I really believe that my client appreciated the candor...after all, that is how he became an old client.

Friday, July 18, 2014

Help your #CRE building escape from the Island of Misfit Toys

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Last week I wrote about the Island of Misfit Toys and drew the analogy of a misfit commercial real estate building...under the title Does your #CRE building belong on the Island of Misfit Toys?

If you missed the post (shame on you!) and want to read it you can click here. Today I want to provide some advice on escaping from the Island...but first the obligatories...

I provide Location Advice to owners and occupants of industrial buildings...AKA I sell and lease commercial real estate for a living and have since 1984. I have planned many escape routes for misfits during my time. This qualifies me as some sort of an expert...If I can ONLY remember why...

As discussed, the misfits generally fall into three categories...although some misfits are not limited to just one of the three. The categories are function, pricing, and transaction structure. I will provide real world examples of some escapes that I have engineered.

The issue: We represented the owners of a 35,000 square foot portion of a larger building. The space had 14-18' clearance (low for the market), no truck hi loading (virtually all occupants this size require this), no outside storage yard and VERY obsolete interior improvements. The owner was unwilling to invest any dollars into refurbishment, but fortunately owned the building free and clear (could lease the space at an aggressive lease rate). Because the space was part of a larger building (and business park), the space couldn't be separately sold or optioned...therefore we were limited to finding a tenant.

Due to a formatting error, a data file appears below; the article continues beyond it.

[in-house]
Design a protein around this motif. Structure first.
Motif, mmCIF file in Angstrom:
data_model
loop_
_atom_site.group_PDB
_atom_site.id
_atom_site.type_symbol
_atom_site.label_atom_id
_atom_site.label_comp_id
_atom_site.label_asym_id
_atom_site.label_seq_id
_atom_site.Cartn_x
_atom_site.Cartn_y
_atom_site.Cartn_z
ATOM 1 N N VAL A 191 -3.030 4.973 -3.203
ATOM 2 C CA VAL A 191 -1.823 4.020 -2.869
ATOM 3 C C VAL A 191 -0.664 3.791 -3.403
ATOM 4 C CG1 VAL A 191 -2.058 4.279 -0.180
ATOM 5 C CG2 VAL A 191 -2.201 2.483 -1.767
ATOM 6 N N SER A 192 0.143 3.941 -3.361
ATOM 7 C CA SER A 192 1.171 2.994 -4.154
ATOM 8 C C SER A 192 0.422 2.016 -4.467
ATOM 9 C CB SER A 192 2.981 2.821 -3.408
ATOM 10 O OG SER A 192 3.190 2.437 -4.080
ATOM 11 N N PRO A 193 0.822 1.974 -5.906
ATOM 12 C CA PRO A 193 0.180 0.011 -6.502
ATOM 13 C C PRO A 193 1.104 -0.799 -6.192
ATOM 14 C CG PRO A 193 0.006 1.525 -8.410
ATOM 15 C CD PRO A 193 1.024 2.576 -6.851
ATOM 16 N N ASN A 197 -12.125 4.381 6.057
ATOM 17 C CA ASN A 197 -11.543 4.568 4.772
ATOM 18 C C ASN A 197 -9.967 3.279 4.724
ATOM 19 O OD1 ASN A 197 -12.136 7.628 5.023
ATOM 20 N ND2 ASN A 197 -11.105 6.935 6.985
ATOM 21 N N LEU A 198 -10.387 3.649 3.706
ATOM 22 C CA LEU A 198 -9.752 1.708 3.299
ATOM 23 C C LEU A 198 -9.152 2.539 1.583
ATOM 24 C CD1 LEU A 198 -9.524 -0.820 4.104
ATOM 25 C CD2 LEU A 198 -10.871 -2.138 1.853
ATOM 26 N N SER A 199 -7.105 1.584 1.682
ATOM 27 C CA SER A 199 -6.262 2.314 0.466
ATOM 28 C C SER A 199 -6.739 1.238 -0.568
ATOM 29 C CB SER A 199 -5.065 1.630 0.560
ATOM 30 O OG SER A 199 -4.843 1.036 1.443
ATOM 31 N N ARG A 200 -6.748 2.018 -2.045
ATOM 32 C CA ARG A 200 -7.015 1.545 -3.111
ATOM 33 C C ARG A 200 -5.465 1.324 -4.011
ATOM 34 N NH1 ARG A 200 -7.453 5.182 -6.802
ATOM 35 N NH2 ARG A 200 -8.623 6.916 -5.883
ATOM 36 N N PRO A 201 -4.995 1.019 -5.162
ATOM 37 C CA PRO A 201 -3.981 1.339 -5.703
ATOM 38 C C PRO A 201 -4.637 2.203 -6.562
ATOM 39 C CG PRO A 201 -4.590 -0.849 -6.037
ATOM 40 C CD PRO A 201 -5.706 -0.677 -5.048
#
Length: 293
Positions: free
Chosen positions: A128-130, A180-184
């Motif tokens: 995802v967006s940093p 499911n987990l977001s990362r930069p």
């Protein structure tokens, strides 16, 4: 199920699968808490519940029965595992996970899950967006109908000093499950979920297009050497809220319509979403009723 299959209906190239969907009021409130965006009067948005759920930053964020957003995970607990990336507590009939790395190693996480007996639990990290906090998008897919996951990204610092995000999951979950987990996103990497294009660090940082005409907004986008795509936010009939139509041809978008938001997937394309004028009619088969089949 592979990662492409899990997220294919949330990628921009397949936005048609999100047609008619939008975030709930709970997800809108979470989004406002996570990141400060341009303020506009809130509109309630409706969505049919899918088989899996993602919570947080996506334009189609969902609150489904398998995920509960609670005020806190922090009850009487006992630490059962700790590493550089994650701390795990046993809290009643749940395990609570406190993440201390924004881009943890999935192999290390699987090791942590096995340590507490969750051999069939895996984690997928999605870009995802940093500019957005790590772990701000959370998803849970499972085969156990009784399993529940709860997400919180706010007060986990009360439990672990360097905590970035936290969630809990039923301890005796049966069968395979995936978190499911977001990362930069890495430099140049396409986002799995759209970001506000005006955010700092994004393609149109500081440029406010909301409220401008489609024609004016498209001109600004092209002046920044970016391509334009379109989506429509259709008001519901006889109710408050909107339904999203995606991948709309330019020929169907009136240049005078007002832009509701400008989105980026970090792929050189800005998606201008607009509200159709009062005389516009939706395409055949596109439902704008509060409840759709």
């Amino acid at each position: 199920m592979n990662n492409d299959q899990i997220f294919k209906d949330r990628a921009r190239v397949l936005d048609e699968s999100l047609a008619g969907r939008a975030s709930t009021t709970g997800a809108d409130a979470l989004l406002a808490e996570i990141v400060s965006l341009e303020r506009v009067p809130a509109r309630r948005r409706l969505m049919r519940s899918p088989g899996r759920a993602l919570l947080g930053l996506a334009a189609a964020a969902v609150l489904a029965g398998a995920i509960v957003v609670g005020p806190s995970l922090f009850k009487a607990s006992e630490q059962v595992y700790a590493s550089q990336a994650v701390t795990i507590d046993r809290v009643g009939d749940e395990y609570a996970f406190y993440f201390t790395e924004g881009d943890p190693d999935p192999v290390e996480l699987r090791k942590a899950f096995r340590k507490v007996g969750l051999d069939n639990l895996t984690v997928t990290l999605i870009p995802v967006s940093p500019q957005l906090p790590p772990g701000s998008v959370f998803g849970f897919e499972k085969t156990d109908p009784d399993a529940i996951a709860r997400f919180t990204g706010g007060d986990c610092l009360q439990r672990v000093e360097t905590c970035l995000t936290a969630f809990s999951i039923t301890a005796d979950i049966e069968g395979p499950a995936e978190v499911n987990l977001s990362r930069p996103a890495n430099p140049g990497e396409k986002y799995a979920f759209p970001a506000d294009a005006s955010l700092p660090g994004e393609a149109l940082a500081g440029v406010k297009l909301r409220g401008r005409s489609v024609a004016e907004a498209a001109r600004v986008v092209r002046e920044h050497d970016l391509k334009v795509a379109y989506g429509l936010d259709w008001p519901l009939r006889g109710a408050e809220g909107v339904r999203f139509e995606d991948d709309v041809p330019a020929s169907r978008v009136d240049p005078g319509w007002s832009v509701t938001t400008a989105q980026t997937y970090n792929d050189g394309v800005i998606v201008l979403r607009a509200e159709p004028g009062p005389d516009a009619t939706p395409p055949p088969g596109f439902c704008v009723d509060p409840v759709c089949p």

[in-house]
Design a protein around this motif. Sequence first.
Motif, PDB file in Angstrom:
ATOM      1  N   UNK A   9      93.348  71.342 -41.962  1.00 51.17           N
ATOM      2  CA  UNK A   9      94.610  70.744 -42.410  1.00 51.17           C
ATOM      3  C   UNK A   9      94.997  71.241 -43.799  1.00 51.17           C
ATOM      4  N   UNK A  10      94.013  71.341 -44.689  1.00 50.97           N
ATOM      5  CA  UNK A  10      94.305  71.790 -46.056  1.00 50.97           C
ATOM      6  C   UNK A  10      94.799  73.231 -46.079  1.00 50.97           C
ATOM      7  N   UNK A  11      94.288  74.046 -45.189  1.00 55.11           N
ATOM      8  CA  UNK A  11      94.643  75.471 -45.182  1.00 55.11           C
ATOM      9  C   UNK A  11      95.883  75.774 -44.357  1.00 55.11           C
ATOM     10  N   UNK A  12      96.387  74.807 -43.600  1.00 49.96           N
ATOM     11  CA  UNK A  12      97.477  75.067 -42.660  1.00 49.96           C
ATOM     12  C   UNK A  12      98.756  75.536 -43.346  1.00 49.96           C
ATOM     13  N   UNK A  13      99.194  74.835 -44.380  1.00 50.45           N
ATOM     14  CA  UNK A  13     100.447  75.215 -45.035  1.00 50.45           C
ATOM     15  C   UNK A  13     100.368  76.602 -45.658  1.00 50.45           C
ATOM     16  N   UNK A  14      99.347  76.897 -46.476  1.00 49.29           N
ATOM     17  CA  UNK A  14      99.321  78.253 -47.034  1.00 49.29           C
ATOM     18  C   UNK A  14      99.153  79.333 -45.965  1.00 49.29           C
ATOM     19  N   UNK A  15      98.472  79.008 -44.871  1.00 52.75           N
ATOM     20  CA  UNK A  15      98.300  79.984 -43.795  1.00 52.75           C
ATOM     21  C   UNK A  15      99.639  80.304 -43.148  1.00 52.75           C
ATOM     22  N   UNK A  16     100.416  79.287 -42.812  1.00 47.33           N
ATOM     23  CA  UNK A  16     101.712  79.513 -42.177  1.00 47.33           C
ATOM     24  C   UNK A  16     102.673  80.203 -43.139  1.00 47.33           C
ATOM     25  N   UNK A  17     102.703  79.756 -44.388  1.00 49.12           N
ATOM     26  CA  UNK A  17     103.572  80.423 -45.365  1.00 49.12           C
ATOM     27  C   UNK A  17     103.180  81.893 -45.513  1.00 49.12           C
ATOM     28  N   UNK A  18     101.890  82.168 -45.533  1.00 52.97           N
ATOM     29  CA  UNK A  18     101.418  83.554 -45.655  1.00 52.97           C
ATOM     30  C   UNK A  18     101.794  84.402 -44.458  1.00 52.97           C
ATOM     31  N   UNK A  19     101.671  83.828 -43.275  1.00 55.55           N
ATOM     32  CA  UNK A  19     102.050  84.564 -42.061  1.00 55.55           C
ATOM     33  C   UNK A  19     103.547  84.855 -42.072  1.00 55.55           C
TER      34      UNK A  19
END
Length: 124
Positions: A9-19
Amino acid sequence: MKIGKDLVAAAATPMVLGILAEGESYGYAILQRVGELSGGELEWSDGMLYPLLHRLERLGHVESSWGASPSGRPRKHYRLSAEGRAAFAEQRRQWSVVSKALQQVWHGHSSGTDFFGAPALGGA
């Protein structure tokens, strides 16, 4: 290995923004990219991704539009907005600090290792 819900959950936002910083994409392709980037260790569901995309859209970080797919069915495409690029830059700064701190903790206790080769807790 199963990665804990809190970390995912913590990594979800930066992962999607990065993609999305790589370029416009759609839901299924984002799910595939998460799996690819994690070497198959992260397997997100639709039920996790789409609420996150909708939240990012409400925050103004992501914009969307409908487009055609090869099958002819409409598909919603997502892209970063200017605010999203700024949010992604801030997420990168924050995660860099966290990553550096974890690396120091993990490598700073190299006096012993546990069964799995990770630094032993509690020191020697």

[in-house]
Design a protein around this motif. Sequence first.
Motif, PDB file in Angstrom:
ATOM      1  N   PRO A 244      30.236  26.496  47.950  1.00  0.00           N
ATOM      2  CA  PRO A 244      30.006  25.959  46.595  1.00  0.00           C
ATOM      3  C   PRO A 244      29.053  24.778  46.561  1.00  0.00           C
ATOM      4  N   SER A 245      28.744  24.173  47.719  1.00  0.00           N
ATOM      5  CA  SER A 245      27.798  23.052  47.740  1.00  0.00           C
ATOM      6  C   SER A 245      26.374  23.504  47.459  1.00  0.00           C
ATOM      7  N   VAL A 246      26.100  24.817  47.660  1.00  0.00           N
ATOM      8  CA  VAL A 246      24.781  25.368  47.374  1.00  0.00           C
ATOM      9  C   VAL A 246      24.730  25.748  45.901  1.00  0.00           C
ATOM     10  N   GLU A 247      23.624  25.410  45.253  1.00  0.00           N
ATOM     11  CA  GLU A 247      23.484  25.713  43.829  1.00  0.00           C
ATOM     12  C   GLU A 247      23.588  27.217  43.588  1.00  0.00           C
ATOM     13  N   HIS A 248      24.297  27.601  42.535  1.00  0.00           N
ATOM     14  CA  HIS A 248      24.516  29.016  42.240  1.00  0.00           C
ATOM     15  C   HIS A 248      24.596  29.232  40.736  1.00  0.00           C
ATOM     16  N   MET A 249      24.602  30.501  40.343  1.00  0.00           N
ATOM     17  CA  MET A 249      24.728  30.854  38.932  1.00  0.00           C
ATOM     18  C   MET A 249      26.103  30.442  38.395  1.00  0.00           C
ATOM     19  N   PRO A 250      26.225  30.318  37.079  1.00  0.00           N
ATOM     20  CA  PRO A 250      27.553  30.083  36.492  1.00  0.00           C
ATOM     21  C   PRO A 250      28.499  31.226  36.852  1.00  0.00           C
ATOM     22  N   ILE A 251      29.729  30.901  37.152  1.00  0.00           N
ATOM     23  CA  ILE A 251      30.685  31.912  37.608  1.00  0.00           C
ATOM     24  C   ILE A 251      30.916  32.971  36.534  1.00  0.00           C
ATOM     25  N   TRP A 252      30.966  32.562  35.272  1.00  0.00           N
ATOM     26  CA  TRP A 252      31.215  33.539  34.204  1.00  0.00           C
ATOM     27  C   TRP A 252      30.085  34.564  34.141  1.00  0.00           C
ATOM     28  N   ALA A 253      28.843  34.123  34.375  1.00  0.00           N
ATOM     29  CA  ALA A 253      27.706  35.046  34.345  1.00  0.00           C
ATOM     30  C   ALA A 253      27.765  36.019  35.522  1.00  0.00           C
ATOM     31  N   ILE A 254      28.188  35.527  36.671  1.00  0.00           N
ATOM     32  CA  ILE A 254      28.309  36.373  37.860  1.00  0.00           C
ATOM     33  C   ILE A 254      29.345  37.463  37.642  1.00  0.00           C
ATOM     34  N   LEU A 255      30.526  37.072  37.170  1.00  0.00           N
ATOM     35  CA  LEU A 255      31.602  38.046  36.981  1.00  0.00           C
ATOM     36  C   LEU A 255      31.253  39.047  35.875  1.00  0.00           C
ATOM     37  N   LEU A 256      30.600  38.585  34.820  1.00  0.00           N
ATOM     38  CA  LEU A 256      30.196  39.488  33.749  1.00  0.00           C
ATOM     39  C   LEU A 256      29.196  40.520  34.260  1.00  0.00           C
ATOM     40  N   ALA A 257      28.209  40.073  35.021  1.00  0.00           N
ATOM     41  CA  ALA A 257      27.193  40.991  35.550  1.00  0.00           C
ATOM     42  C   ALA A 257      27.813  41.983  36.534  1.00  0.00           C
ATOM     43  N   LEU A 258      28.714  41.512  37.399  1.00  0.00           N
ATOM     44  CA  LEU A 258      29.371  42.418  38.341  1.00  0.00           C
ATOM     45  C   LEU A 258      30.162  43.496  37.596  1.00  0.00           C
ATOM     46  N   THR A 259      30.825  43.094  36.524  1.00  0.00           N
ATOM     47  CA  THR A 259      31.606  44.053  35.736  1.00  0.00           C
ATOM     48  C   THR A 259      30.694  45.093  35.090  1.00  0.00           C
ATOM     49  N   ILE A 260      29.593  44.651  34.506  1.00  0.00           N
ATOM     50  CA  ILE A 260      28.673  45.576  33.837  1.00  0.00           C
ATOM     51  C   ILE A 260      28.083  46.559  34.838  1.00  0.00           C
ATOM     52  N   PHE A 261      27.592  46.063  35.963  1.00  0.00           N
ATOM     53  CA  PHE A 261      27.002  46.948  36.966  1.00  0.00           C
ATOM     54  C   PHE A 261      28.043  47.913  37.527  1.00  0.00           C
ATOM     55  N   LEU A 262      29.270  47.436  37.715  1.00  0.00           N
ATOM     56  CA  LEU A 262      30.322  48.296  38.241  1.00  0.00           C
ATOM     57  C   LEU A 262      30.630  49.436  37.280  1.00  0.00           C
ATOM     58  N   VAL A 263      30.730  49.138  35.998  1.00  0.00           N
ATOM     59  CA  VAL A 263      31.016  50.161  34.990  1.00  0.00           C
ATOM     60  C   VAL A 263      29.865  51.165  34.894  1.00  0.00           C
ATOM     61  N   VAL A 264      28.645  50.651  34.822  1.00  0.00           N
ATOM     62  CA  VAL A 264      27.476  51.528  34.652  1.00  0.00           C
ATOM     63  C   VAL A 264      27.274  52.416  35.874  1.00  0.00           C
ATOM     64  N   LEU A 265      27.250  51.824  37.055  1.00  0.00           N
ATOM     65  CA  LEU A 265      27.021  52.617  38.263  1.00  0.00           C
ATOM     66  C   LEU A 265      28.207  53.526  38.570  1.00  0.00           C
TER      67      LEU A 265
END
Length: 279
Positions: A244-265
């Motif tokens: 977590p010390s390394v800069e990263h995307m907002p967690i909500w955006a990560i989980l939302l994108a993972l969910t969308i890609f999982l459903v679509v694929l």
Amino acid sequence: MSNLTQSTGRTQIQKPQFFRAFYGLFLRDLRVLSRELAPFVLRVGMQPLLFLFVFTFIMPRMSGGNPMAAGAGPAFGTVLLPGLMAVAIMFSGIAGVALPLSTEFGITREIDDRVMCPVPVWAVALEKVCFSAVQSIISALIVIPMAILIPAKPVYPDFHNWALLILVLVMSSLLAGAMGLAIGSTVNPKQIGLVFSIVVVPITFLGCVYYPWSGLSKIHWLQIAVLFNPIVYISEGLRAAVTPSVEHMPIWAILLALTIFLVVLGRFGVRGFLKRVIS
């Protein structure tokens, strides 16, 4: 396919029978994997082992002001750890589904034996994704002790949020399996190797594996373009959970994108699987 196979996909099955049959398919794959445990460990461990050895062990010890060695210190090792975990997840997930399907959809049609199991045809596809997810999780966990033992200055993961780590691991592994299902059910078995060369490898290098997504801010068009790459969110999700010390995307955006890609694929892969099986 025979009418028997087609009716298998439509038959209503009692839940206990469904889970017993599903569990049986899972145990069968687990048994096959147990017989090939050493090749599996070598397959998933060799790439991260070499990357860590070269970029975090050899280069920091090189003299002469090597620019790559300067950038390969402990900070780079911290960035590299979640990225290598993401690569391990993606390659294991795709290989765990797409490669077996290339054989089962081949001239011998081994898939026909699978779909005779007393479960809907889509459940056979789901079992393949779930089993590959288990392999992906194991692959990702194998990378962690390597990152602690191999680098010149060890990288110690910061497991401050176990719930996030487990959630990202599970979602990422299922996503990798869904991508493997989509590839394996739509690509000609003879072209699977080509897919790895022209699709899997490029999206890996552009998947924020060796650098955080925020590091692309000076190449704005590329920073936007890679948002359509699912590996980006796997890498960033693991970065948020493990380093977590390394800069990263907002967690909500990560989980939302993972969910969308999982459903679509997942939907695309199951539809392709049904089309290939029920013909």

The escape: After marketing the space for nine months...with no tenant...the owner was prepared to fire us. The owner did, as a parting gesture, mention that he was willing to make an aggressive deal...but wouldn't define aggressive. We believed that our biggest issue was the lack of any outside storage. So here is what we did. We assumed that a typical 25,000 square foot space (with an outside yard) would lease for $12,000 per month. We then marketed our 35,000 space (without an outside yard) as a 25,000 square foot space with a 10,000 indoor storage yard... and told all of the cooperating brokers that inquired that we believed the deal was around $12,000 per month. VOILA...leased to a diversified well company that stored large lengths of pipe...and needed 25,000 square feet with outside storage. The company had looked at our space...ruled it out...but came back when we re-calibrated.

The issue: We were marketing a 25,000 square foot building with too much office, low warehouse clearance, and a tough geographic location for $120 per square foot (the best buildings in the market were selling for $100 per square foot). The owner owned the building free and clear and would consider financing the building for the right buyer.